I was a little perturbed by Darina's photographic depiction of how my efforts were expected to turn out, but decided not to put too much pressure on myself to achieve these levels of perfection. Another iconic foodie packaging design: McDougall's dried yeast.

A packet of yeast and 25g caster sugar dissolved in 1.25fl oz tepid water, 2 well-beaten eggs, 225g plain flour with a pinch of salt:

I managed to create a dough, which to be honest is always a bit of a will-she-or-won't-she moment with me. In this instance I had to gradually add more and more flour, as the dough was a little too wet, and eventually I ended up with a consistency that I was satisfied with.

Then came the bit that I was most trepidatious about: the addition of the butter. I wouldn't quite call it beating it in, it was more of a coaxing, smoothing and swirling type manoeuvre. And, in spite of myself, I managed to make it work. It was thoroughly satisfying to watch the butter disappear into the other ingredients to create a shiny, glossy ball of promise.

Ok dough, pay close attention: this is what you are expected to turn into, capiche? And, to that end, you will be spending a chilly Christmas Eve night in the fridge.

Christmas morning I rose to butter up the piece of equipment that kicked all of this off: the romantic reverie-inducing brioche tin.

Darina had all sorts of instructions about creating some sort of thingie in the middle. Clearly, I read those all wrong, Oh well. I have always displayed an impressive talent for doing the exact opposite of what I am asked or have been instructed to do.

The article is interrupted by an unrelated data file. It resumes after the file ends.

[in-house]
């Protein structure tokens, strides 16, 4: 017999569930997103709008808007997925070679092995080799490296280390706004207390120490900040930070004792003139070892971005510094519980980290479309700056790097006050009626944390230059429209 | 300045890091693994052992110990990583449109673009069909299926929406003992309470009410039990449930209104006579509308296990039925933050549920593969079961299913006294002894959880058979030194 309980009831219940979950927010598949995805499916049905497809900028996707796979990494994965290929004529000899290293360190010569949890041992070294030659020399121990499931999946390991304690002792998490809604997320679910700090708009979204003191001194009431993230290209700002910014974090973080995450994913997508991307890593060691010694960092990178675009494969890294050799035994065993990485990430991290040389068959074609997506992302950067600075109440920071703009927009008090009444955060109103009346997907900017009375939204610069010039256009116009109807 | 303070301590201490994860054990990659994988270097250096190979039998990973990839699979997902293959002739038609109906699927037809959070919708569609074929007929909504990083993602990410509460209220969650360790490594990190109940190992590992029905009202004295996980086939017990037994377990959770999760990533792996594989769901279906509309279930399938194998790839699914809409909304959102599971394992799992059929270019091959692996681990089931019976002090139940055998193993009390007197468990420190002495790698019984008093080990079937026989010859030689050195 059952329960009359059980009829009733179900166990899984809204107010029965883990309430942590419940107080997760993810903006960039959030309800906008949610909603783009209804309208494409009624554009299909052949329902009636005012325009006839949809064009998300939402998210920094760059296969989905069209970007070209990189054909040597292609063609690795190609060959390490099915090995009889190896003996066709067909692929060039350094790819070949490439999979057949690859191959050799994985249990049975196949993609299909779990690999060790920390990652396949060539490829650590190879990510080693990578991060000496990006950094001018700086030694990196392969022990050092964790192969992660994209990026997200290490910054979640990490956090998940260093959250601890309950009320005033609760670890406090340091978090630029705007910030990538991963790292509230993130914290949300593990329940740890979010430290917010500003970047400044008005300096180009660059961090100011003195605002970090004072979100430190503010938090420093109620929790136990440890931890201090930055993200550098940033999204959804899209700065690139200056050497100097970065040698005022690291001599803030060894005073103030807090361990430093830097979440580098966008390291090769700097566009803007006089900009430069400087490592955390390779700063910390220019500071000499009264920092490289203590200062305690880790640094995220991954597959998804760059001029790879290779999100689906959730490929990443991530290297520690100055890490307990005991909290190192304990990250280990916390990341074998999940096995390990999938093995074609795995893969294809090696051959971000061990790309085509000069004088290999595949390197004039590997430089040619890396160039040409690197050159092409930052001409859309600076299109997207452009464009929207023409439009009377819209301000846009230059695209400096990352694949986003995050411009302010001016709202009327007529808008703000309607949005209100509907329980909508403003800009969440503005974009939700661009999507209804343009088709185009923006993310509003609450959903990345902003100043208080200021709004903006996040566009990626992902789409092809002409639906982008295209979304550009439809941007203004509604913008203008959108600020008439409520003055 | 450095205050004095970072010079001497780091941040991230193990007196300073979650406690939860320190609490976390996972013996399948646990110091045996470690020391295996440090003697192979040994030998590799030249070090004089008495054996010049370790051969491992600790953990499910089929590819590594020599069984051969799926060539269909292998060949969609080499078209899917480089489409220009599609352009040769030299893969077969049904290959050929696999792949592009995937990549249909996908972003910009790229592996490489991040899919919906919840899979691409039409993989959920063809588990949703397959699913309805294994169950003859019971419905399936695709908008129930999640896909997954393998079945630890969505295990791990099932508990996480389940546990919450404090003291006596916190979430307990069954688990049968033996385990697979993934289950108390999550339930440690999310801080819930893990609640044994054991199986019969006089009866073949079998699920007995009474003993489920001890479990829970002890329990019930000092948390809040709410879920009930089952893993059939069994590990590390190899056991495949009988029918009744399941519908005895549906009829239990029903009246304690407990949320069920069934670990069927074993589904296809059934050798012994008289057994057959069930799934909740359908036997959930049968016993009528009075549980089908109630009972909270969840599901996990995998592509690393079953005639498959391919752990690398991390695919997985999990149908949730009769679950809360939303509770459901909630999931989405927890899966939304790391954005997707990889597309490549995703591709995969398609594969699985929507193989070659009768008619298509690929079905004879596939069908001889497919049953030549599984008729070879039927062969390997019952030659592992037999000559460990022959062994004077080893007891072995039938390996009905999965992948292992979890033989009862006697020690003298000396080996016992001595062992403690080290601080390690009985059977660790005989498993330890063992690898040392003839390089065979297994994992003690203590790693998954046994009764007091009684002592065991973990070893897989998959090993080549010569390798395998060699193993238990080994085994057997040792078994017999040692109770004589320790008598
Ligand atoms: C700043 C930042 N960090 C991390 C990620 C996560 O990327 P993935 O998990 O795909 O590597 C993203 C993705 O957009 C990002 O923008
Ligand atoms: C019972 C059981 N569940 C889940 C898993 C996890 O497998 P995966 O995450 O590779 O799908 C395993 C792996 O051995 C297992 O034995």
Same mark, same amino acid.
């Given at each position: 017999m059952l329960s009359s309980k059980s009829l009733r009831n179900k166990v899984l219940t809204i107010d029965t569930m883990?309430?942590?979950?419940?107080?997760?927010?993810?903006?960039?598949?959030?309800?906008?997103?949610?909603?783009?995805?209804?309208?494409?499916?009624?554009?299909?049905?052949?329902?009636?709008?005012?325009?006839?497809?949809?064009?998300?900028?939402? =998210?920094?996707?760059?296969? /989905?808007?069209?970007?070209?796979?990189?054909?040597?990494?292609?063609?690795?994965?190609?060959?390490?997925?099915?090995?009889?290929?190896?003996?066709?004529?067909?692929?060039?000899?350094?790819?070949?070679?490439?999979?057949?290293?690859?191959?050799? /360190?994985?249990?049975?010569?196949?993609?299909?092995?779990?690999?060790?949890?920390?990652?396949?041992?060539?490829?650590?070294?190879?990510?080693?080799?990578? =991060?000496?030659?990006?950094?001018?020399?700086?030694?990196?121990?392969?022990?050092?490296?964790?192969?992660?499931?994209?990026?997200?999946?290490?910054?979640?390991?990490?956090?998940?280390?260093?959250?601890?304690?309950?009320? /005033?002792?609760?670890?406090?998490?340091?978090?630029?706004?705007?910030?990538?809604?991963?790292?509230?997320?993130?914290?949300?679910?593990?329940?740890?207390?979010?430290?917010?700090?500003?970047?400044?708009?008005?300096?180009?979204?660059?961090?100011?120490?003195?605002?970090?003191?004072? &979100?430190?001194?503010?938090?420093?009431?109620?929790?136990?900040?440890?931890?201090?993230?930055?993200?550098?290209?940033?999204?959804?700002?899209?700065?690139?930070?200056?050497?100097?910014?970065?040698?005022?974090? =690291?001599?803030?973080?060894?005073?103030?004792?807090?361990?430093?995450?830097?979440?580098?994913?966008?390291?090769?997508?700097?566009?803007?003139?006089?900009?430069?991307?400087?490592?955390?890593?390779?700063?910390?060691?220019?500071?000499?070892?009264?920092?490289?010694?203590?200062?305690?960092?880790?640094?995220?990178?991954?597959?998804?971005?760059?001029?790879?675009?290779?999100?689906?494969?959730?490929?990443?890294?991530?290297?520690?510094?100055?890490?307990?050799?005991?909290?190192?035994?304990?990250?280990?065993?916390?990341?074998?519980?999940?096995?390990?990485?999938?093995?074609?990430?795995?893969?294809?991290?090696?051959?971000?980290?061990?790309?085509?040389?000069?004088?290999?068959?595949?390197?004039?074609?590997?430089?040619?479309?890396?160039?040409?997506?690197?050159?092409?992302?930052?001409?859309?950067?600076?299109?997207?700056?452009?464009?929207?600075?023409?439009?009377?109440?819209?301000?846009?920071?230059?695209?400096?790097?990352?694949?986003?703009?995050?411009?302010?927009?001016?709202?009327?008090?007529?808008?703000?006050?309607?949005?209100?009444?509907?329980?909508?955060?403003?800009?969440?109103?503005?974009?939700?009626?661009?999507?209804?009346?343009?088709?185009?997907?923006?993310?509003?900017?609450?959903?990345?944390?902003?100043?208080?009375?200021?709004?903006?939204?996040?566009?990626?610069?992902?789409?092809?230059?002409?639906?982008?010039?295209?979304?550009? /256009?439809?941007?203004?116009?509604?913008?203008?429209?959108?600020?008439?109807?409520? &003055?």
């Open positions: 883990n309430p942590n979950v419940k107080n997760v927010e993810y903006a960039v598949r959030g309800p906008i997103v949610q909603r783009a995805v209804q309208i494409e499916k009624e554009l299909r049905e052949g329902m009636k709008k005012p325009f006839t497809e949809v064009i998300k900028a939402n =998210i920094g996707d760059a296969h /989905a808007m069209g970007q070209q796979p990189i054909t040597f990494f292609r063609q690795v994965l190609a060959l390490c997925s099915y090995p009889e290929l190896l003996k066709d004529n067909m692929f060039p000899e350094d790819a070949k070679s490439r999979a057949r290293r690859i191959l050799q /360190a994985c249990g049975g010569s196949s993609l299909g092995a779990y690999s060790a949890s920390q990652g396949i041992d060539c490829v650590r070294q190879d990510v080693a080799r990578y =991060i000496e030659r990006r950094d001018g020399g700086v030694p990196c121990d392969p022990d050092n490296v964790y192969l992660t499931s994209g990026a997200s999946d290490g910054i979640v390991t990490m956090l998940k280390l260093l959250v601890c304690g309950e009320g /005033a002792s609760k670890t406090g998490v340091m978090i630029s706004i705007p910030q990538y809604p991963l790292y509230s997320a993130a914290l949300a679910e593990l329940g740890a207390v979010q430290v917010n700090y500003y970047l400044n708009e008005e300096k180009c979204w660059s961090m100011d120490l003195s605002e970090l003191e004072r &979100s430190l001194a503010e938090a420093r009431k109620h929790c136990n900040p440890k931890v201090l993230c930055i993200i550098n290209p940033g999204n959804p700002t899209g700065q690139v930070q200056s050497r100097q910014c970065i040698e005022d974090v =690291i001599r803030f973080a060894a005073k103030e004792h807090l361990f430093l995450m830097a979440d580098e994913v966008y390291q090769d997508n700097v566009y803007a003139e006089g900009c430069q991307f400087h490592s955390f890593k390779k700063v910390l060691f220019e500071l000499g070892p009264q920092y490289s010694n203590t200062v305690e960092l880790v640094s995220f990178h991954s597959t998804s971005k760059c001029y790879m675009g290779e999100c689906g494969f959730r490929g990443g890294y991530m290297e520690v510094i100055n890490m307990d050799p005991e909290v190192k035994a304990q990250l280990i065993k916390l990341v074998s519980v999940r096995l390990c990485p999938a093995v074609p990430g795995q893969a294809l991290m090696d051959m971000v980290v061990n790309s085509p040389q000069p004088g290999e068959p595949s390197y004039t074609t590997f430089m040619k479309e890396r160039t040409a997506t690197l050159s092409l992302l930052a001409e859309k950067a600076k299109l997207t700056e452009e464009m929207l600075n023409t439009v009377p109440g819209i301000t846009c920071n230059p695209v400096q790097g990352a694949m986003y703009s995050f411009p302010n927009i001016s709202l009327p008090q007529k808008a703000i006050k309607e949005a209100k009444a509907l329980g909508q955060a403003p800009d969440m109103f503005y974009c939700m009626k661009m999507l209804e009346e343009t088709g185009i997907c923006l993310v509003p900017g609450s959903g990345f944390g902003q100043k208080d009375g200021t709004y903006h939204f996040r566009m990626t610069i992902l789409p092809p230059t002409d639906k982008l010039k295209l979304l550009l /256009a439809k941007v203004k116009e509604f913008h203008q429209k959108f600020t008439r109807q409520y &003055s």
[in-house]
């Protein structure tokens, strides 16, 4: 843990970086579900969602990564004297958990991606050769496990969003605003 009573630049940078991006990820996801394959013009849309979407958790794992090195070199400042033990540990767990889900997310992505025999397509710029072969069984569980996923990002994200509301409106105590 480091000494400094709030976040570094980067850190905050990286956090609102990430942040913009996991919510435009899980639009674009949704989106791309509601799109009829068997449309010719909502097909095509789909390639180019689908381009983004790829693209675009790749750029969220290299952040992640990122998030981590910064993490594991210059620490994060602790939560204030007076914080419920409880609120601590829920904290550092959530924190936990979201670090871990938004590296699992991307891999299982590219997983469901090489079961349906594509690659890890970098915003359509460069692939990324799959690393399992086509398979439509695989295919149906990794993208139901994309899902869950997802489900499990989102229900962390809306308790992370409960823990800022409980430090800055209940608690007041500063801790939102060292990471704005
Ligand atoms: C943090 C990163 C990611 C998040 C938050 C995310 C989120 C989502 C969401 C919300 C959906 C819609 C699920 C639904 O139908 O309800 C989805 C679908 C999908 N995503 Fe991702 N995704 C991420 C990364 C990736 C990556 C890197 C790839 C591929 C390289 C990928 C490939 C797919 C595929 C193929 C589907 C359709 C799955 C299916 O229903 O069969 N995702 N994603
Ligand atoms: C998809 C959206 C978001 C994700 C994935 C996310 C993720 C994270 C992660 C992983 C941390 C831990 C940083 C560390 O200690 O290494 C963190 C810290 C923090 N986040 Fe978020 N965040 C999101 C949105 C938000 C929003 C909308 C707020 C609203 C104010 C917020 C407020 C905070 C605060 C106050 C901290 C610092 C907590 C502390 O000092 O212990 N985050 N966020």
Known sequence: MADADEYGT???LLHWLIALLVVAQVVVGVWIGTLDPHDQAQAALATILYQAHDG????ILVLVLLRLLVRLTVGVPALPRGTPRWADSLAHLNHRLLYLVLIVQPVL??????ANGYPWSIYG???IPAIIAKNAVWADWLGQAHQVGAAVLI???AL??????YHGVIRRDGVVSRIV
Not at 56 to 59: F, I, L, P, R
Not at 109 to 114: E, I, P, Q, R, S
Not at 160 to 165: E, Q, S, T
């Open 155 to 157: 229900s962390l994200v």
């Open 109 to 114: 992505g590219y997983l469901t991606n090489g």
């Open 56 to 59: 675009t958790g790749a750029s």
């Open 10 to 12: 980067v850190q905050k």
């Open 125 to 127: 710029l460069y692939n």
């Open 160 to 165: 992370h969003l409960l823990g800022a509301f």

A little eggyness on the top and off it went to hang in the heat for an hour and a half and get nice and fat.

It dutifully plumped itself up nicely, and here it is multiplié par deux.

Now that I have a sparkling clean oven, I am happy to show you shots of things baking inside! I must add that what you see beneath is the grill that had just been busy cooking up saussies for my first brekkie of the day, which I will freely admit is lowering the shiny clean tone of this pic, but has been restored to cleanliness and is no longer casting a grimy pall over my sparkling oven. Yes, I had already had one breakfast at this point - well you hardly thought I was going to wait two hours for some buttery eggy bread to fill me, did you?! Anyhow, I am perhaps slightly overly pleased with my cleaning efforts, to the point where sometimes I just open up the oven and have a look inside to admire the results. I was fairly sick when I did it though, and I don't think that the fumes did me any favours. Gosh, who KNOWS what dizzying heights of shineyness I could have reached had I been in the full of my health! I have resolved to clean my oven more frequently in 2011.

I am no longer too guilt-ridden to look through the glass oven door, so I can keep a good eye on the progress inside.

Fluffy Christmas morning indulgence, delicious with a thick layer of homemade lemon curd, eaten to the sounds of two small boys earnestly explaining the nuances of their various Christmas presents.